Safe and Sound

Bank of the Orient

San Francisco, CA
5
Star Rating
San Francisco, CA-based Bank of the Orient is an FDIC-insured bank founded in 1971. The bank has equity of $80.4 million on assets of $736.5 million, according to December 31, 2017, regulatory filings.

With 134 full-time employees in 8 offices in multiple states, the bank holds loans and leases worth $625.8 million, including real estate loans of $476.9 million. U.S. bank customers currently have $612.5 million in deposits with the bank.

Overall, Bankrate believes that, as of December 31, 2017, Bank of the Orient exhibited a superior condition, earning a full 5 stars for safety and soundness. Keep reading for a look at how the bank fared on the three key criteria Bankrate used to evaluate U.S. banks on safety and soundness.

WHAT IS
SAFE AND SOUND?

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THE INSTITUTION'S SCORE

Capital Score

Capital is a crucial measurement of a bank's financial fortitude. It acts as a cushion against losses and provides protection for depositors when a bank is experiencing financial instability. When it comes to safety and soundness, the higher the capital, the better.

Bank of the Orient received a score of 12 out of a possible 30 points on our test to measure the adequacy of a bank's capital, less than the national average of 13.13.

One way to measure this buffer is looking at a bank's Tier 1 capital ratio. Bank of the Orient's Tier 1 capital ratio was 12.28 percent, higher than the 6 percent level considered adequate by regulators, but less than the national average of 25.65 percent. A higher capital ratio suggests the bank will be better able to stand up to economic difficulties.

Overall, Bank of the Orient held equity amounting to 10.91 percent of its assets, which was lower than the national average of 12.03 percent.

Asset Quality Score

This test is intended to estimate how the bank's loan loss reserves and overall capitalization could be affected by troubled assets, such as past-due mortgages.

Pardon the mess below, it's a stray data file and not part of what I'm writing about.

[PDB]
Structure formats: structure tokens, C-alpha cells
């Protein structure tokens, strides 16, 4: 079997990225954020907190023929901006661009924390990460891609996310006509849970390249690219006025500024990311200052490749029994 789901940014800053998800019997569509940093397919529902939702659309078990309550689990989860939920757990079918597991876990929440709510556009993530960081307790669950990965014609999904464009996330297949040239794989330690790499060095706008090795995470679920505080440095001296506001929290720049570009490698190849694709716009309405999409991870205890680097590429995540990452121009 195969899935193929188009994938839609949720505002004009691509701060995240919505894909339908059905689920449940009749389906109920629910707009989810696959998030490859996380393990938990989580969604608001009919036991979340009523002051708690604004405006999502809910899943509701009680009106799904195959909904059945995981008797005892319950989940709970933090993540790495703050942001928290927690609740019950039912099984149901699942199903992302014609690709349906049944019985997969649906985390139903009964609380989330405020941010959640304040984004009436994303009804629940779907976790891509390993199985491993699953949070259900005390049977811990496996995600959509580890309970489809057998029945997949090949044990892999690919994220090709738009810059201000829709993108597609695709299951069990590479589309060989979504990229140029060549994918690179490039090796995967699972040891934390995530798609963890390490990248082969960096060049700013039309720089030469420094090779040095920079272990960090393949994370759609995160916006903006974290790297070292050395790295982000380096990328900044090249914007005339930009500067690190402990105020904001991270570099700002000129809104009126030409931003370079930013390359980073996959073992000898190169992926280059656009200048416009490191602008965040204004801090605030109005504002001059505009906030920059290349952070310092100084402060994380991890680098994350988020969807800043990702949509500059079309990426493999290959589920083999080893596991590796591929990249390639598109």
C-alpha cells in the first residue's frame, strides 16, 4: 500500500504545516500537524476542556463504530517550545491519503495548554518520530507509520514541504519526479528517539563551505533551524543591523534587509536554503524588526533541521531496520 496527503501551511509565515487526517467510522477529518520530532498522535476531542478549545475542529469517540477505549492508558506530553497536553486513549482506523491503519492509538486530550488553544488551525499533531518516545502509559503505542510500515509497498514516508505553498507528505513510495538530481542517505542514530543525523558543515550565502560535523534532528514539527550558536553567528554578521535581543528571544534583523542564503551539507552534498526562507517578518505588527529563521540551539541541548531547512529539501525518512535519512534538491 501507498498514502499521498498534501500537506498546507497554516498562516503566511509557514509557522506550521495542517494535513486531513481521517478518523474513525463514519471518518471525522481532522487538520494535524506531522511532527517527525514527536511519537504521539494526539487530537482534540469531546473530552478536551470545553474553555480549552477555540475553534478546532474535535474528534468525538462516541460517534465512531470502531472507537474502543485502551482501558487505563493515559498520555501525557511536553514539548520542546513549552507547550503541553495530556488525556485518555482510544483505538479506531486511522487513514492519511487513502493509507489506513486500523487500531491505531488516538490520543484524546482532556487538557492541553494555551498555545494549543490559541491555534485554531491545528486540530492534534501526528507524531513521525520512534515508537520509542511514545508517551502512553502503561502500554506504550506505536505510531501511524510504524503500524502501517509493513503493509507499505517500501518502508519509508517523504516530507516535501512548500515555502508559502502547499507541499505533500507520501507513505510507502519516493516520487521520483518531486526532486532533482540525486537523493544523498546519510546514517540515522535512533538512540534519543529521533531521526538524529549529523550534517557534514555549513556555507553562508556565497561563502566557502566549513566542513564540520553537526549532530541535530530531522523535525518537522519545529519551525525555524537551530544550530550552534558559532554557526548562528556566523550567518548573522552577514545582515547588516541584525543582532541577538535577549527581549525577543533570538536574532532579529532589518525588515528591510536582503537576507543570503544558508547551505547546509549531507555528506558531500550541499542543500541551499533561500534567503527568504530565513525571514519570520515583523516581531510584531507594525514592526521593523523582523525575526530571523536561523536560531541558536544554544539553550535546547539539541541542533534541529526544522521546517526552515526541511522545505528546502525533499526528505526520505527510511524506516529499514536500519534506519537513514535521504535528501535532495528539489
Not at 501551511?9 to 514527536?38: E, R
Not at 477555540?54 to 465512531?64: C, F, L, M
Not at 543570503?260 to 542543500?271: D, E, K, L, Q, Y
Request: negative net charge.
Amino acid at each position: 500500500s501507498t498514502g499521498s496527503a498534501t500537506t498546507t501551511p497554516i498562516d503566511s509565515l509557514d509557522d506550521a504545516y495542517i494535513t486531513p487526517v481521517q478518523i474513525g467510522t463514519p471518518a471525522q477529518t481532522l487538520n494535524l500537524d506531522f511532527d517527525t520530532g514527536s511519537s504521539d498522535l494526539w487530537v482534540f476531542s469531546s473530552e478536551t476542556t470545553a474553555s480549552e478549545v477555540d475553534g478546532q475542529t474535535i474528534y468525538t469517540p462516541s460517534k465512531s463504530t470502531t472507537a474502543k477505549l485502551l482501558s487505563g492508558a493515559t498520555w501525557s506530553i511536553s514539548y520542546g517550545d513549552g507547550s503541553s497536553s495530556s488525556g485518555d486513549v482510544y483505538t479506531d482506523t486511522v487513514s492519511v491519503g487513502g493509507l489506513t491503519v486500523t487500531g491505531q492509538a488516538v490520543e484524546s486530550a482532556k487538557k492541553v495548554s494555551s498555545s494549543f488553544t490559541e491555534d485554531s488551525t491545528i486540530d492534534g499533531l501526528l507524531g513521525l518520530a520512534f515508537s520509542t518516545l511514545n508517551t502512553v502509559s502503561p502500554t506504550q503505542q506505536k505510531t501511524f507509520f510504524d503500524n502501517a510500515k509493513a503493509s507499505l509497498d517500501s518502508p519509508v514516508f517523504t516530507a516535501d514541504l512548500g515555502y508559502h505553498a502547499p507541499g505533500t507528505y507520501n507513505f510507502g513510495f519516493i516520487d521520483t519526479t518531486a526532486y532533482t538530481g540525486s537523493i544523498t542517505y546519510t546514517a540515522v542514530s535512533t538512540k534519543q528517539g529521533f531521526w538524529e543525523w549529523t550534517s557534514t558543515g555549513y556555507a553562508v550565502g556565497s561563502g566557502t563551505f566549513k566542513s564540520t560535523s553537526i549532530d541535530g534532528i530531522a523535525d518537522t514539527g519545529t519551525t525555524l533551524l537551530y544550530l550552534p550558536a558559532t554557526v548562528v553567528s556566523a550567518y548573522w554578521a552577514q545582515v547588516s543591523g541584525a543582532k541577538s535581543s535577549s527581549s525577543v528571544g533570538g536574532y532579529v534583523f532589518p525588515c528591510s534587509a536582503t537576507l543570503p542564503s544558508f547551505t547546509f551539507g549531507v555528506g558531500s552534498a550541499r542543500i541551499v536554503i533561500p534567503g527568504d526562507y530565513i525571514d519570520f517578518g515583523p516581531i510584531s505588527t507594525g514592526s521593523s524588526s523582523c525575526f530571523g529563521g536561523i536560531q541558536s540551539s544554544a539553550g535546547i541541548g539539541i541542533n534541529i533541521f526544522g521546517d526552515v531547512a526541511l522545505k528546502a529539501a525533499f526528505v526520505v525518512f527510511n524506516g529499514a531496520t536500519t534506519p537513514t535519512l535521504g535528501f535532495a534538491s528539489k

A bank with lots of these types of assets could eventually be forced to use capital to cover losses, shrinking its equity buffer. It also means that there are likely to be many assets that are in non-accrual status and no longer earning money, resulting in depressed earnings and potentially more risk of a future failure.

On Bankrate's asset quality test, Bank of the Orient scored 40 out of a possible 40 points, better than the national average of 37.49 points.

The percentage of problem assets a bank holds compared to its total assets is a helpful indicator of asset quality.As of December 31, 2017, 0.25 percent of Bank of the Orient's loans were noncurrent, meaning they were more than 90 days past due or were in non-accrual status. That's below the national average of 1.01 percent.

Banks maintain a reserve to deal with problem assets known as an "allowance for loan and lease losses." Comparing the size of that reserve to the total amount of problematic loans can be a useful indicator when evaluating a bank's ability to manage problem assets. Unfortunately, the FDIC did not provide information on Bank of the Orient's loan loss allowance in its most recent filings.

Earnings score

How profitable a bank is has an effect on its long-term survivability. Earnings may be retained by the bank, expanding its capital cushion, or be used to address problematic loans, likely making the bank more resilient in tough times. Banks that are losing money, however, have less ability to do those things.

Bank of the Orient received above-average marks on Bankrate's earnings test, achieving a score of 22 out of a possible 30.

One widely used measure of a bank's earnings is return on equity, calculated by dividing net income (profit, basically) by the total amount of equity. Bank of the Orient's most recent annualized quarterly return on equity was 15.47 percent, above the national average of 8.10 percent.

The bank earned net income of $11.0 million on total equity of $80.4 million for the twelve months ended December 31, 2017. The bank experienced an annualized return on average assets, or ROA, of 1.67 percent, above the 1 percent deemed satisfactory in accordance with industry standards, and above the average for U.S. banks of 1.00 percent.

WHAT IS SAFE & SOUND?

Bankrate.com's Safe & Sound Ratings provide a star rating system to evaluate the current financial status of financial institutions. The information gathered about banks, credit unions and thrifts is updated as set forth in the Terms of Use of Safe & Sound Ratings and Reports. The Safe & Sound Ratings information is grouped by categories of banks, thrifts and credit unions.

Scoring methodology

Bankrate.com evaluates the financial condition of institutions and assigns a one- to five-star rating for each with five stars representing the highest rating. Institutions with satisfactory performance will generally receive a rating of three or more stars. The majority of institutions fall into the three- to four-star range. An institution with an "NR" rating may be too new to rate or may have limited the publicly available information in their regulatory filings. The "NR" is not an indication of financial strength or weakness. The Safe & Sound rating is believed to be reliable, but the information is not guaranteed. In addition, events since the information was collected may have altered the institution's financial condition.